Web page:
Maskell’s own career has diverted from well-trodden paths. When he returned to his alma mater Cambridge in 1996 as “the youngest professor in the university at the time”, he established a research group studying infectious diseases. It was situated in Cambridge’s veterinary school, whose head of department left a few years later. Maskell was asked to assume the role. “I said, ‘what are you talking about? I’m not a veterinarian.’ But they insisted.”

He says that in the Cambridge system, academics in leadership roles are expected to maintain their research responsibilities. “There’s not a clear-cut jump from being a research scientist to being a university administrator. You’re still a full-on academic and expected to produce the goods to a high standard. I was in charge of a pretty large research group, studying infectious diseases of animals including humans.”

Maskell is not sure whether such lofty expectations are “realistic”, but says he managed. “By that time my research group was big enough that there were some other really senior people running sections of it. So I was able to carry both burdens, as it were.”

He ran the vet school for nine years before becoming head of the school of biological sciences, and then senior pro-vice-chancellor. This gave him planning and resources responsibility for an institution with an annual turnover of around £2 billion. The shift to Australia put him in charge of a university with revenue of some A$2.7 billion (£1.5 billion) at the time, and substantially more since.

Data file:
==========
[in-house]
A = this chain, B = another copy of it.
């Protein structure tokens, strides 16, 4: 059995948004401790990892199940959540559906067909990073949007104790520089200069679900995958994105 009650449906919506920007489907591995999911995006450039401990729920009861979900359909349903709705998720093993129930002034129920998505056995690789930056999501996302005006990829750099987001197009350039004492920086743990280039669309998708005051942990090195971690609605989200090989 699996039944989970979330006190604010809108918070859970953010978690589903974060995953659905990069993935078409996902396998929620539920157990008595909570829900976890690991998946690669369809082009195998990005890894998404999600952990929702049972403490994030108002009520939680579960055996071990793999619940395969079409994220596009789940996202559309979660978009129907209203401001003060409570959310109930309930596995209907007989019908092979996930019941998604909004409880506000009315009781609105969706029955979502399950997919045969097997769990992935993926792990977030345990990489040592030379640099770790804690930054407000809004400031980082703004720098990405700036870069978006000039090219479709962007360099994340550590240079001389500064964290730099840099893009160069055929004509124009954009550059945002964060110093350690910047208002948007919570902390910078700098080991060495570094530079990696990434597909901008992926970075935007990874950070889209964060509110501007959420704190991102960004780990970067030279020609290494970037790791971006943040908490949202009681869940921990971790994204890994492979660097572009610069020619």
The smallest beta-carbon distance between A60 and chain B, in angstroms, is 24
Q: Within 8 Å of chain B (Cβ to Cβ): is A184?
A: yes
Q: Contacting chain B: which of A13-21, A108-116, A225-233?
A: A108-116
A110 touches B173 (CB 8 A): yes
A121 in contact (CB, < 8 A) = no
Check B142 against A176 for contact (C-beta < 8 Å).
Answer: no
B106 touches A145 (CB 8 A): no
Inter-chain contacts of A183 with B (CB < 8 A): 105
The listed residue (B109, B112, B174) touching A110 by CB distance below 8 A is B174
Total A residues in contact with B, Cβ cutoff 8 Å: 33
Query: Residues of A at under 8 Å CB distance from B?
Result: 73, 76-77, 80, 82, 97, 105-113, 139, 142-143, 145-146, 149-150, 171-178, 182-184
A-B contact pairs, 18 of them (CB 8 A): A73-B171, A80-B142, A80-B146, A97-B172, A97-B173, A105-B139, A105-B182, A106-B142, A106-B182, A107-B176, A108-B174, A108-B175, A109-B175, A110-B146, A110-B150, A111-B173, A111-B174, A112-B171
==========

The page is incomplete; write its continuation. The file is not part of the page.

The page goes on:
The move brought its own burdens. “Walking into a job in a new country, even one that’s as familiar to me as Australia was; that’s always a challenge.” Getting to know the processes and funding system was difficult enough; “the nuances of differences in culture” even more so. For example, most British students attend universities in different cities, while most Melbourne students commute across town.

“I’m a great believer that universities are communities. It’s a bit of a challenge to get that community feel on campus in the evening if all students are going off to jobs or home. In the UK, students are away from home. They’ve got nothing better to do than meet up in the evening to go to the pub and get to know each other.”

And while Cambridge is the defining institution of the city around it, Melbourne is only the third biggest university in the city that bears its name. Even so, staff and students combined add up to a population approaching that of Bendigo, Victoria’s fourth biggest city. “It is a big, big organisation with a lot of complexity. But it’s been fantastic to join this community. It’s just great to come to a top university and be in the top leadership role.”

Casualisation has been a “particularly difficult” challenge for Maskell. “I don’t like the idea of a very large casual workforce,” he says. “I’ve always believed – this was instilled in my dad, as a plumber – you should get a fair day’s pay for a fair day’s work. To find that my institution in the past has been not behaving quite properly in that regard was very personally difficult for me. We’re working very hard to rectify that. But it’s a big and complex problem. It’s going to take time to get it right.”

Maskell has no illusions about how such sentiments would be received in his Bendigo-sized community. “Some people will be cynical about it; others would say ‘what a good bloke’; others would say, ‘that’s all very well – get on and do something about it’.

“With a big organisation, we’re not going to get to a place where everybody’s happy. But my objective is that we get to a place where the vast majority of people are happy with the outcomes. It’s going to take time. We’re trying to go as fast as we can in terms of rectifying the past underpayments. As for rebuilding the system, which is effectively what it is, I’m very keen to get that done quickly. But it is complicated.”